DetroitRedWings.com's Dana Wakiji penned a notebook about Pavel Datsyuk's return, Riley Sheahan shifting to wing and more:
Have fun with this one. Ryan Lambert, an avid Wings-hater, pounced upon the Justin Abdelkader contract like a mosquito on an open cut. That's not to say that Lambert's all wrong by any stretch of the imagination, but whether his disdain for the team or disdain for a risky contract are in charge is difficult to distinguish:
So here's the thing with this deal: If it's entirely predicated on Abdelkader's chemistry (if we want to call it that) with Zetterberg, what happens when Zetterberg gets hurt, or loses a step, or retires? One or all of these scenarios are entirely plausible if not inevitable in the next seven-plus seasons. And when that happens, do you continue sticking a guy who will likely return to being roughly replacement level with your Nyquists and Tatars, or do you have a third-liner (at best) who costs $4.25 million? Oh and this contract, fortunately for all involved, has a no-trade clause built-in. It's full for the first four seasons, and then partial for the last three. Because of how many teams will be totally clamoring to trade for this contract.
Lambert continues, and he makes some good points, but he's also absolutely convinced that Abdelkader is going to suck donkey balls in terms of his performance, and that's a wee much for me.
Updated 7x at 1:56 PM: The Red Wings and San Jose Sharks' respective morning skates revealed the goaltending match-up--Jimmy Howard vs. Martin Jones--and the Wings' slightly revised lineup for Military Appreciation Night (7:30 PM EST start on FSD/CSN Bay Area/97.1 FM). If you missed it, MLive's Ansar Khan Tweeted out the Wings' lineup:
Andersson, Jurco extras.
Green replaces Kronwall on top PP unit with Nyquist-Zetterberg-Datsyuk, Abdelkader (net).
2nd: Pulkkinen-Larkin-Tatar, Sheahan, Kronwall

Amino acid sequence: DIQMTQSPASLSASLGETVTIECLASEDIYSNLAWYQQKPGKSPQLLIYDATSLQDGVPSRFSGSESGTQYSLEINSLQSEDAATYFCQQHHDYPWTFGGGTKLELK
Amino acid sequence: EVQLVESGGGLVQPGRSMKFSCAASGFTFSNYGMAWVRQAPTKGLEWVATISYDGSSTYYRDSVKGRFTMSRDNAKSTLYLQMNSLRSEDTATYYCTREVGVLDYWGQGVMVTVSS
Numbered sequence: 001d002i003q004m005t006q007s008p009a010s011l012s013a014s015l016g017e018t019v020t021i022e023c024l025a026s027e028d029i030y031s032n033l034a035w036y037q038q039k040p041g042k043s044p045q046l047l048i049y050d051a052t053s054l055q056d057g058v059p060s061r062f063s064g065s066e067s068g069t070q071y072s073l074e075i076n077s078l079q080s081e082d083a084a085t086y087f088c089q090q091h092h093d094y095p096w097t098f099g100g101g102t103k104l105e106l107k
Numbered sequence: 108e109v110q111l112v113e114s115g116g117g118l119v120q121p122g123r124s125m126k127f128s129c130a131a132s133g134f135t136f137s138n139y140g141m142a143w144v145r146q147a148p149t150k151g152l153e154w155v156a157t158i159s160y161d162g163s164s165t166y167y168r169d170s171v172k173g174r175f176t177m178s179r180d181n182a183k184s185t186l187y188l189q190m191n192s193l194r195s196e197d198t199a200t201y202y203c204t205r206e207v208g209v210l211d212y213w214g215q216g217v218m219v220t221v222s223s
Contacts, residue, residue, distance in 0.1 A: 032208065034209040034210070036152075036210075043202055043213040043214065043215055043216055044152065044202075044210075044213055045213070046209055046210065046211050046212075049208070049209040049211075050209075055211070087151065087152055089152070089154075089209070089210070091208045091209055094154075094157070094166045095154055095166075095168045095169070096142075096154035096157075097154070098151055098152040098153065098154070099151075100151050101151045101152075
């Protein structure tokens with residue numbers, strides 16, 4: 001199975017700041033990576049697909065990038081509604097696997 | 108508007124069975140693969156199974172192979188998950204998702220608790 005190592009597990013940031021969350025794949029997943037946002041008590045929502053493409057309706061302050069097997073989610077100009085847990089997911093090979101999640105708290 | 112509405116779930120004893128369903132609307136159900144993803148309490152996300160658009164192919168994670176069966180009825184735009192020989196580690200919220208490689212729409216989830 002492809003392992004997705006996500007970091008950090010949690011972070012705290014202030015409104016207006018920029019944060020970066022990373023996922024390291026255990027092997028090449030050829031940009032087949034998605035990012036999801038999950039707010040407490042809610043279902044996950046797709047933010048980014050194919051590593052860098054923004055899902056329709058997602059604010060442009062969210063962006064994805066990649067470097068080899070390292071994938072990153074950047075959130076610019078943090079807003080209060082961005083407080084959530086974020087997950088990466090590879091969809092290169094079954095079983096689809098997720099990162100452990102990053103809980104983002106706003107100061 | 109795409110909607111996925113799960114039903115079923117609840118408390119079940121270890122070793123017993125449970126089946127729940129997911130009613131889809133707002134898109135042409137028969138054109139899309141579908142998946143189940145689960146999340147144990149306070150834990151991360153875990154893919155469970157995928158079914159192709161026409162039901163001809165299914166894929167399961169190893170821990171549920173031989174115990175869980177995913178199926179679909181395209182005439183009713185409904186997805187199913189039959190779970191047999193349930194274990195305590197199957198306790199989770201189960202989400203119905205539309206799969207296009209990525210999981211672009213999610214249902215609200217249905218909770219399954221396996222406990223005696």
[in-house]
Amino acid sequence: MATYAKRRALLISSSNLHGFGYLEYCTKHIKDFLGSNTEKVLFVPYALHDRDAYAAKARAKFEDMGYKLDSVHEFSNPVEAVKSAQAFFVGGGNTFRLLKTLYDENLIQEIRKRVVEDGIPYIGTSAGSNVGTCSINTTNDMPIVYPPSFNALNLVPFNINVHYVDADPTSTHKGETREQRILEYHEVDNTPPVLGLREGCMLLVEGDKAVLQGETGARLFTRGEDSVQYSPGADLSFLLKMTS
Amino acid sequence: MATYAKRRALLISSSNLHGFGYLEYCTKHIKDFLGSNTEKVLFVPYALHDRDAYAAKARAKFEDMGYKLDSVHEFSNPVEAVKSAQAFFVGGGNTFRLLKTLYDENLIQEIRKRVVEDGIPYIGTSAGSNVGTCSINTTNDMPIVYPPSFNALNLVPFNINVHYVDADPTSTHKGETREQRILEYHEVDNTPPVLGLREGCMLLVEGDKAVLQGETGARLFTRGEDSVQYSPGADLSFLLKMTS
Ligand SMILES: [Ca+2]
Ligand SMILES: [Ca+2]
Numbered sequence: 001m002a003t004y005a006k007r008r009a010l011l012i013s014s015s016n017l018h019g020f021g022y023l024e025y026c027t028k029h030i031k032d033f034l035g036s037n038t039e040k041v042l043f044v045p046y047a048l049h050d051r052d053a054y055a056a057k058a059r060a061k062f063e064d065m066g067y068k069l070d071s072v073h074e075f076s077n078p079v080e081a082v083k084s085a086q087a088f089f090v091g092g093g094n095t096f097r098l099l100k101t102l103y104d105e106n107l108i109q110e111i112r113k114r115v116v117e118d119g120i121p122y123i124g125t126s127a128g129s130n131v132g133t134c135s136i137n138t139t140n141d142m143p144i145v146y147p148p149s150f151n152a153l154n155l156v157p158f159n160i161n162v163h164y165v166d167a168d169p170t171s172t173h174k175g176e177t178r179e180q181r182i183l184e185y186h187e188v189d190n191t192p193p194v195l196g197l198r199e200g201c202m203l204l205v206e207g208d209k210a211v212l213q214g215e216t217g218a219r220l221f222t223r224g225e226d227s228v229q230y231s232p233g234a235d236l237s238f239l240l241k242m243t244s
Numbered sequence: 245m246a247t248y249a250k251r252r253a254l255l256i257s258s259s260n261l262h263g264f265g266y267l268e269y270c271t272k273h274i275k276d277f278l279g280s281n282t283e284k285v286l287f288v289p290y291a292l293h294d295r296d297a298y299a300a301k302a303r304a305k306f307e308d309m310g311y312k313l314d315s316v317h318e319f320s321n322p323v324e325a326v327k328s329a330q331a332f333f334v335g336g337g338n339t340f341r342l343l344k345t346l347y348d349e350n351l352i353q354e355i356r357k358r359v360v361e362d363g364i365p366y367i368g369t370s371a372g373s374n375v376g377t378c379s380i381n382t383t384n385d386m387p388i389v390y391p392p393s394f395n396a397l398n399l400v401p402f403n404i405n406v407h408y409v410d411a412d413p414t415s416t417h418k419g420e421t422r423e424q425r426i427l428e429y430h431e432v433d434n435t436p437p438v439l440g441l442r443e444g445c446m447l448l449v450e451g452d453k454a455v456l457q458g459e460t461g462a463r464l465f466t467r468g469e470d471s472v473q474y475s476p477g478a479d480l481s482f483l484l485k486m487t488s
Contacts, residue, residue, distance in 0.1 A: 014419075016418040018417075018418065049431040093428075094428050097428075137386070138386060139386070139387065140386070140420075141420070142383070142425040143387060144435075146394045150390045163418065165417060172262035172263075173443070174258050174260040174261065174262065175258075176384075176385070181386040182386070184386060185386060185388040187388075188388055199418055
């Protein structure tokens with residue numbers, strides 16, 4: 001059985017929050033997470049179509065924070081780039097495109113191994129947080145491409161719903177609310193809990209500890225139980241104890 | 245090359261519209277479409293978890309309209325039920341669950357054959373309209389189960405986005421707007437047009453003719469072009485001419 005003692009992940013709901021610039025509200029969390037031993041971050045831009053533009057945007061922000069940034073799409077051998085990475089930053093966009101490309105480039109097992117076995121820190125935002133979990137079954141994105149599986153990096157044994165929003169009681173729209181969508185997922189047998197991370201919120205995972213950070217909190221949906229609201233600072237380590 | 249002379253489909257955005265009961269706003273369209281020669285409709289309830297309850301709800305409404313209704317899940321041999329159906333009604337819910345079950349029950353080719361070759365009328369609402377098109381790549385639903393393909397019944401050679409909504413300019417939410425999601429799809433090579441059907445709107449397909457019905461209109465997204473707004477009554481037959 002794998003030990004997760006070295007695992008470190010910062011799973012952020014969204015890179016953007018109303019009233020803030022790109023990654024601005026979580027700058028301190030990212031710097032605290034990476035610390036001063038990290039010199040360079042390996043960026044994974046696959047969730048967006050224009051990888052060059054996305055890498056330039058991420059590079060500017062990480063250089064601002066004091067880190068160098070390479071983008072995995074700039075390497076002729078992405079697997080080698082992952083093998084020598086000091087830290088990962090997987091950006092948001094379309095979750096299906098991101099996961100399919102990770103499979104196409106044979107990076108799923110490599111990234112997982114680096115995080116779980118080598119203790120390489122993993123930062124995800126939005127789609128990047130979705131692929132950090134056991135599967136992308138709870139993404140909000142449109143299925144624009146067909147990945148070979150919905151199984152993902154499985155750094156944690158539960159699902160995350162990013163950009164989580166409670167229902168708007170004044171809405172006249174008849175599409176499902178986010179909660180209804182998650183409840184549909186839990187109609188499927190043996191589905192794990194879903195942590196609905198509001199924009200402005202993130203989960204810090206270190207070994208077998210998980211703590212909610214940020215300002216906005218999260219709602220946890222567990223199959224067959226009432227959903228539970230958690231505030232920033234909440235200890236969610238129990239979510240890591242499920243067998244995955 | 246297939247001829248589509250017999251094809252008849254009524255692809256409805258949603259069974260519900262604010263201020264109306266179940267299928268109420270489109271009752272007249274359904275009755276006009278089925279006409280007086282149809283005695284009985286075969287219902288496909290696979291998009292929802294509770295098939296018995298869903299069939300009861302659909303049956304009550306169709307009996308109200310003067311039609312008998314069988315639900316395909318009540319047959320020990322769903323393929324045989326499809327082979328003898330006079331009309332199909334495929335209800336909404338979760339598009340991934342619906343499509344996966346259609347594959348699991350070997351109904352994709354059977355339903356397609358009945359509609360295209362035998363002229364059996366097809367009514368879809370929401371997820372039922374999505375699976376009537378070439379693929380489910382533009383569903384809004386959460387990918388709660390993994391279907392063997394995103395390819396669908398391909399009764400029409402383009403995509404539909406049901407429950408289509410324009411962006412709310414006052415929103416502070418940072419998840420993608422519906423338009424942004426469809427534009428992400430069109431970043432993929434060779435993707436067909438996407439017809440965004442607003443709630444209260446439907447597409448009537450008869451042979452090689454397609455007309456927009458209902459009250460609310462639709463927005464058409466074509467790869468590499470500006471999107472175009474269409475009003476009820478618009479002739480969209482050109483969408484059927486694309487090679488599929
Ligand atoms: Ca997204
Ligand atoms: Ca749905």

And Khan reported that the Ericsson-DeKeyser, Kindl-Marchenko and Kronwall-Green pairs will remain intact:
Blashill said same six on D as last game because he liked what he saw. So Smith is out.
The Mercury News's Curtis Pashelka reported that Martin Jones will start opposite Jimmy Howard this evening, and while the Sharks have lost 8 of their past 11 games, the NHL on Sirius XM Radio notes that the Wings' record against San Jose is anything but dominant:
Among ESPN's Craig Custance's Friday Insider column's topics:
So, the Justin Abdelkader contract seems to have riled a few people up. I noted on Twitter the gap between the value of a winger with size who can score held by general managers and those in the analytics community, and set off a bit of debate. Not just on Twitter, either. Immediately, the e-mails and texts started popping up on my phone.
One executive pointed out that the Red Wings have significant raises coming for good, young players like Riley Sheahan, Danny DeKeyser, Petr Mrazek and Teemu Pulkkinen. He didn’t like the term, calling it a “huge premium” and wondered what the rush was considering the 2016 UFA class is still not established.
A defender of the deal pointed out that people are getting too caught up in the seven-year term, that nobody expects these deals to provide value at the end. Going that long is about driving down the average annual value, and getting value in the shorter term, capitalizing on contributions out of the players in the first few years of the deal and then figuring out what to do with the contract down the road. By front-loading the deal, it’s possible Abdelkader is worth something closer to his actual salary in the second-half of the deal, and a team that isn’t a cap team or is trying to get to the floor will find value in it.
The value in it for the Red Wings is they know what they’re getting in Abdelkader both on and off the ice compared to an unknown they might have pursued in free agency. If he’s the top-six player they believe he is, the contract is reasonable. If he’s not, the criticism will only get louder.
Custance continues, and I thought an, "A deal of this magnitude depends completely upon the player's performance" analysis of said deal was rather obvious.
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The Malik Report is a destination for all things Red Wings-related. I offer biased, perhaps unprofessional-at-times and verbose coverage of my favorite team, their prospects and developmental affiliates. I've joined the Kukla's Korner family with five years of blogging under my belt, and I hope you'll find almost everything you need to follow your Red Wings at a place where all opinions are created equal and we're all friends, talking about hockey and the team we love to follow.